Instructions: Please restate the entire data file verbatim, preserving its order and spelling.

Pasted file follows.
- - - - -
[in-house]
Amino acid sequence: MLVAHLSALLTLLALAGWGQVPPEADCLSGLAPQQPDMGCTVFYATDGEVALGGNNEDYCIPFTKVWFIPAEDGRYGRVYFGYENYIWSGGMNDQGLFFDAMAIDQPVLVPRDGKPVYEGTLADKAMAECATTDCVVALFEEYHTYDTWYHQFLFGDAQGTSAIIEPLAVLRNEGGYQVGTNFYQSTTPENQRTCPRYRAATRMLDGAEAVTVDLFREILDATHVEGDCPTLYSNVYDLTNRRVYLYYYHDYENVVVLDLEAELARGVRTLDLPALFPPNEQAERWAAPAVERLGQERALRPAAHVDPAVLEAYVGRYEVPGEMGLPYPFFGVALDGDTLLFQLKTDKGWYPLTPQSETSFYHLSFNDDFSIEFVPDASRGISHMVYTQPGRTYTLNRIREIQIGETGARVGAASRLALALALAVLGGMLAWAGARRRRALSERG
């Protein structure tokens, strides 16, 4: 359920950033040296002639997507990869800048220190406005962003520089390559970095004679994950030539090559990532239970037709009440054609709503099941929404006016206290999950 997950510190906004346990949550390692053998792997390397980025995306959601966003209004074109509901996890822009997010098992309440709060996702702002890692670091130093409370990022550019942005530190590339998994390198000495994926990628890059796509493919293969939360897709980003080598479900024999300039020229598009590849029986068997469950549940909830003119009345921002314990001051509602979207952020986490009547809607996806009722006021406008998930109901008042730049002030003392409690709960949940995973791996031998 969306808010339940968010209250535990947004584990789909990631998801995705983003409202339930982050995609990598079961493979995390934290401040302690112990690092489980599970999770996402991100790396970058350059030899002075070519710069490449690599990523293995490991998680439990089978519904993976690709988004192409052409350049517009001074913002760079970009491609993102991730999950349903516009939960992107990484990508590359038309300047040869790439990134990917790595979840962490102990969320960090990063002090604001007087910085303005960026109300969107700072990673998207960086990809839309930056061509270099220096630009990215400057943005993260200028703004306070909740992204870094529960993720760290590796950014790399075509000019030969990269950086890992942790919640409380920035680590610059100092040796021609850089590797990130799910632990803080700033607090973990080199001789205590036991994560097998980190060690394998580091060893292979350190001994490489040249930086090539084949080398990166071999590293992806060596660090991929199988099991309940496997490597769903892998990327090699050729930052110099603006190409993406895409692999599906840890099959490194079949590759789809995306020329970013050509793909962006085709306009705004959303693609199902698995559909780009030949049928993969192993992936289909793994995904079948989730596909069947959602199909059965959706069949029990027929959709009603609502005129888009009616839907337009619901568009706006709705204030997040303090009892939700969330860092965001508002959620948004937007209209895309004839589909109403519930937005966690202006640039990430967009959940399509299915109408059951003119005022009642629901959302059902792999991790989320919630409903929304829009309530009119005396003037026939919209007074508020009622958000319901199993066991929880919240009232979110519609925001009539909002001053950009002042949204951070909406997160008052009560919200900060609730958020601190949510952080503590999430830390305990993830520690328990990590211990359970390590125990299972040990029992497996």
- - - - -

[in-house]
Amino acid sequence: MLVAHLSALLTLLALAGWGQVPPEADCLSGLAPQQPDMGCTVFYATDGEVALGGNNEDYCIPFTKVWFIPAEDGRYGRVYFGYENYIWSGGMNDQGLFFDAMAIDQPVLVPRDGKPVYEGTLADKAMAECATTDCVVALFEEYHTYDTWYHQFLFGDAQGTSAIIEPLAVLRNEGGYQVGTNFYQSTTPENQRTCPRYRAATRMLDGAEAVTVDLFREILDATHVEGDCPTLYSNVYDLTNRRVYLYYYHDYENVVVLDLEAELARGVRTLDLPALFPPNEQAERWAAPAVERLGQERALRPAAHVDPAVLEAYVGRYEVPGEMGLPYPFFGVALDGDTLLFQLKTDKGWYPLTPQSETSFYHLSFNDDFSIEFVPDASRGISHMVYTQPGRTYTLNRIREIQIGETGARVGAASRLALALALAVLGGMLAWAGARRRRALSERG
């Protein structure tokens, strides 16, 4: 359920950033040296002639997507990869800048220190406005962003520089390559970095004679994950030539090559990532239970037709009440054609709503099941929404006016206290999950 997950510190906004346990949550390692053998792997390397980025995306959601966003209004074109509901996890822009997010098992309440709060996702702002890692670091130093409370990022550019942005530190590339998994390198000495994926990628890059796509493919293969939360897709980003080598479900024999300039020229598009590849029986068997469950549940909830003119009345921002314990001051509602979207952020986490009547809607996806009722006021406008998930109901008042730049002030003392409690709960949940995973791996031998 969306808010339940968010209250535990947004584990789909990631998801995705983003409202339930982050995609990598079961493979995390934290401040302690112990690092489980599970999770996402991100790396970058350059030899002075070519710069490449690599990523293995490991998680439990089978519904993976690709988004192409052409350049517009001074913002760079970009491609993102991730999950349903516009939960992107990484990508590359038309300047040869790439990134990917790595979840962490102990969320960090990063002090604001007087910085303005960026109300969107700072990673998207960086990809839309930056061509270099220096630009990215400057943005993260200028703004306070909740992204870094529960993720760290590796950014790399075509000019030969990269950086890992942790919640409380920035680590610059100092040796021609850089590797990130799910632990803080700033607090973990080199001789205590036991994560097998980190060690394998580091060893292979350190001994490489040249930086090539084949080398990166071999590293992806060596660090991929199988099991309940496997490597769903892998990327090699050729930052110099603006190409993406895409692999599906840890099959490194079949590759789809995306020329970013050509793909962006085709306009705004959303693609199902698995559909780009030949049928993969192993992936289909793994995904079948989730596909069947959602199909059965959706069949029990027929959709009603609502005129888009009616839907337009619901568009706006709705204030997040303090009892939700969330860092965001508002959620948004937007209209895309004839589909109403519930937005966690202006640039990430967009959940399509299915109408059951003119005022009642629901959302059902792999991790989320919630409903929304829009309530009119005396003037026939919209007074508020009622958000319901199993066991929880919240009232979110519609925001009539909002001053950009002042949204951070909406997160008052009560919200900060609730958020601190949510952080503590999430830390305990993830520690328990990590211990359970390590125990299972040990029992497996």